Re: A Proposal For The Addition Of Color-Reactiveness To The GNOME Desktop

On 20 May, Bowie Poag shouted:
->  On 20 May 1998, Rob Browning wrote:
->  > 
->  > I'm not sure what I think of all this, but I do have a couple of
->  > comments:
->  > 
->  >   1) I think that instead of beacons for the icons, that if you wanted
->  >      to pursue this, applications should just be allowed to treat
->  >      their icons as small windows, and should have a good drawing
->  >      toolkit for rendering into them.  For example, why shouldn't an
->  >      iconized FTP transfer, in addition to having a light indicating
->  >      the state of the connection, have a small pie chart, numeric
->  >      display, or other progress meter showing the percent complete?
->  >      Same thing goes for other apps.  An iconized rendering window
->  >      could show a minaturized version of it's progress so that it
->  >      would be easy to see how far it's gotten.
->  Variations on a theme. Its an interesting twist on the idea, but, the need
->  to maintain visual consistancy thruought the interface should be topmost
->  priority. Having a whole pot full of different indicator styles would
->  probably end up doing more harm than good. Lamps and Beacons provide
->  enough flexibility (and visual consistancy) to be used in nearly 100% of
->  all situations which require monitoring by the user. Simply rendering a
->  miniature of the window would be a mistake, imho.
->  I see what you're saying, though.. To have additional indicators, like pie
->  charts for FTP transfers, coexisting with stationary lamps within a
->  window. I like the idea, but I fear it may be redundant.

see my other mail.. add extra states for an app:
0% done
10% done
20% done....
its coarse, but sufficient enough for a small icon to roughtly shwo
where things are - for more detail check the app itself.. (ie
de-iconify etc.) :)

->  >   2) Using the type of strings you describe to represent the color
->  >      transitions seems like a limiting idea.  Off the top of my head,
->  >      you'd be better off using something like this
->  >  
->  >        "B=DarkBlue R=Red G=#007700 B 1.0 R 0.2 G 0.5"
->  > 
->  >      where you define the colors, then use them in an alternating list
->  >      which contains alternating pairs of a color abbreviation and a
->  >      time in seconds.  This makes it much more flexible (and easier to
->  >      read) when specifying long periods.  It also links the delays to
->  >      wall-clock time in a very obvious manner, something you probably
->  >      should do.
->  There are 32 positions in the Color Transition Table, kinda like drum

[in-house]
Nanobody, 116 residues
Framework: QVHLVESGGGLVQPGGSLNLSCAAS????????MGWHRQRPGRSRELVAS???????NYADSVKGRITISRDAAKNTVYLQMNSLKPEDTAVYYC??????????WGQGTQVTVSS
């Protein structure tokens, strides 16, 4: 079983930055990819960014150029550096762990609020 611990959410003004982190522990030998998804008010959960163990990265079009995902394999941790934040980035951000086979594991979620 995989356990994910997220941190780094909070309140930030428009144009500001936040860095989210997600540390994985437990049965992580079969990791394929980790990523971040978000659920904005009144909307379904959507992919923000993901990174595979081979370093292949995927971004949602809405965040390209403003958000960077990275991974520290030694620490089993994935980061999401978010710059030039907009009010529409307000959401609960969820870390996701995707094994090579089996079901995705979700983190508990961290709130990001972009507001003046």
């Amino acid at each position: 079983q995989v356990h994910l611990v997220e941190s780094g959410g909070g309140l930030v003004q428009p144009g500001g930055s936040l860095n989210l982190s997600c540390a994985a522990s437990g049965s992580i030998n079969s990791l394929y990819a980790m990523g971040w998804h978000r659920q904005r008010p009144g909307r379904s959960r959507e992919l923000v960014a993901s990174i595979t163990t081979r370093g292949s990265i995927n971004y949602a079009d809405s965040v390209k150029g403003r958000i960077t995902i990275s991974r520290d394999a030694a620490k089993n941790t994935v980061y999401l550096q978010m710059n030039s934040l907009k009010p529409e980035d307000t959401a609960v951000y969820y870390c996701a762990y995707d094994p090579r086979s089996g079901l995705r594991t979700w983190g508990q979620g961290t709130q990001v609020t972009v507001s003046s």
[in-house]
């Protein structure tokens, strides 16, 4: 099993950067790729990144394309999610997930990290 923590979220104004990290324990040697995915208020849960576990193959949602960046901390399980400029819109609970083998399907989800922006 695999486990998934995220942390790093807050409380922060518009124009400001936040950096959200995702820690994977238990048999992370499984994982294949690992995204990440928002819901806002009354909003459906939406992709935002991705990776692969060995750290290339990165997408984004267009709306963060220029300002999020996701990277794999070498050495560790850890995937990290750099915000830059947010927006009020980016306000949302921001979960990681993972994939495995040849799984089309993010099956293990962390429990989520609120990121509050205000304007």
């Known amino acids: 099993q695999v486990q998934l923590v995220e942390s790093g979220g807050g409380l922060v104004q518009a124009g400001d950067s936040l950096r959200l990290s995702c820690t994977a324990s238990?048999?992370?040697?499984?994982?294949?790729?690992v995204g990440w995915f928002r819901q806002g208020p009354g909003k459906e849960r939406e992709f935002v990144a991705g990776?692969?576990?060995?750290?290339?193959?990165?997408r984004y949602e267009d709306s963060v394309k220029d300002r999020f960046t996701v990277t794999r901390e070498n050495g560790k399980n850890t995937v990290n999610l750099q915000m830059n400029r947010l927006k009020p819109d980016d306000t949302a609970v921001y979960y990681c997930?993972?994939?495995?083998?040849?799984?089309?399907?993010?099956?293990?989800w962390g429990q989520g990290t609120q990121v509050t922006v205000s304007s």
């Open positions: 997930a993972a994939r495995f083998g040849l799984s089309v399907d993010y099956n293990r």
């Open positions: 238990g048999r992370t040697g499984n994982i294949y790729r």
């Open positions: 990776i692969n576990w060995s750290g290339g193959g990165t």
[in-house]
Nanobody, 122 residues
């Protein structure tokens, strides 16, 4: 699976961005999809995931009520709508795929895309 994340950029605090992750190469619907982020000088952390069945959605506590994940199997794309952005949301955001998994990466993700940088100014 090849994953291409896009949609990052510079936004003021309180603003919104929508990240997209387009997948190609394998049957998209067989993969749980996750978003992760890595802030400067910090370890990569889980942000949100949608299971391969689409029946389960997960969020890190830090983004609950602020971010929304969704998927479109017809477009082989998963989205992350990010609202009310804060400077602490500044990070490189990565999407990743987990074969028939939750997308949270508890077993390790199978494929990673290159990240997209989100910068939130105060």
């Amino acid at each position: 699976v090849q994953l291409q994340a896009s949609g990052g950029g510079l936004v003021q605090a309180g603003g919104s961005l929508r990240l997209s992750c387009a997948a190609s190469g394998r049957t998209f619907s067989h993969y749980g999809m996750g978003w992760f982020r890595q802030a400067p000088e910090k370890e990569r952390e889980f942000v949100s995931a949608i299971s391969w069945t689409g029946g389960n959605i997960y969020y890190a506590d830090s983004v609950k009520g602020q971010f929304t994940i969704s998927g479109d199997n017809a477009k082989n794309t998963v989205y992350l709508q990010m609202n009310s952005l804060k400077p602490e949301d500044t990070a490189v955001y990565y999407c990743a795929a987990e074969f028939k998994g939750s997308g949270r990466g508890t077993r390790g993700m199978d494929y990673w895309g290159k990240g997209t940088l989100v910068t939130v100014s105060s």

gotta luv ya.. using powers of 2 :) 

->  beats in a song. When a state is triggered, the table dictates the order
->  of colors which are displayed. This allows you to have color-reactive
->  elements stay lit solid, blink extremely fast, blink frequently, just
->  blink, blink slowly, blink occasionally, and blink rarely. Its not just
->  for blinking, either. If you wanted to make a Lamp or Beacon start
->  changing color like a rainbow, its as simple as ROYGBIVROYGBIVROYGBIV.
->  At the risk of sounding like Bill Gates, "32 positions ought to be enough
->  for anybody." :)

i'd have to agree... :) but thenagain just havign a lot of states will
do that for us.. :)

->  Keep in mind, the decision to use 32 positions in the Color Transition
->  Table example (as opposed to 24, 48, or some arbitary number) was thought
->  about ahead of time. It turns out that 32 positions is the best comprimise
->  between flexibility, and excessiveness. 

there is no such thing as excessive! :):):) you can never have too

->  I see your point, tho -- I just dont see the need to give the user that
->  degree of freedom when choosing Lamp and Beacon color. Sure, it would be
->  nice. :) But with freedom comes responsibility. Lets suppose 3 years from
->  now, color-reactiveness has caught on, and everyone uses it.. And just by
->  virtue of public opinion, Blue always means sleeping, and Aqua always
->  means running. What happens if someone comes along and tries to make a
->  Lamp which is halfway between Blue, and Aqua? Which is it doing, sleeping
->  or running? Denying the user the ability to arbitrarrily choose the color
->  of color-reactive elements from a pallete of 16.7 million would open a
->  Pandora's Box of sorts. Its one of the rare occasions you'll see where
->  giving the user ultimate freedom is a bad idea.
->  Its like dealing with crayons. You're never going to need more than that
->  big box of 64, most kids are happy with 48, and nearly everybody can get
->  by with just a small pack of 16 :) The same applies to color-reactiveness,
->  in my opinion. 8 different static color states are enough to convey the
->  total number of possible states expressable by any paticular program.

don't worry.. :) I'll think abotu it today and add WMhints into E
tonight for it.. and trust me.. there'll prolyl be many mroe than 8
"states" by the time I'm done with it.. :)

->  Bowie J. Poag

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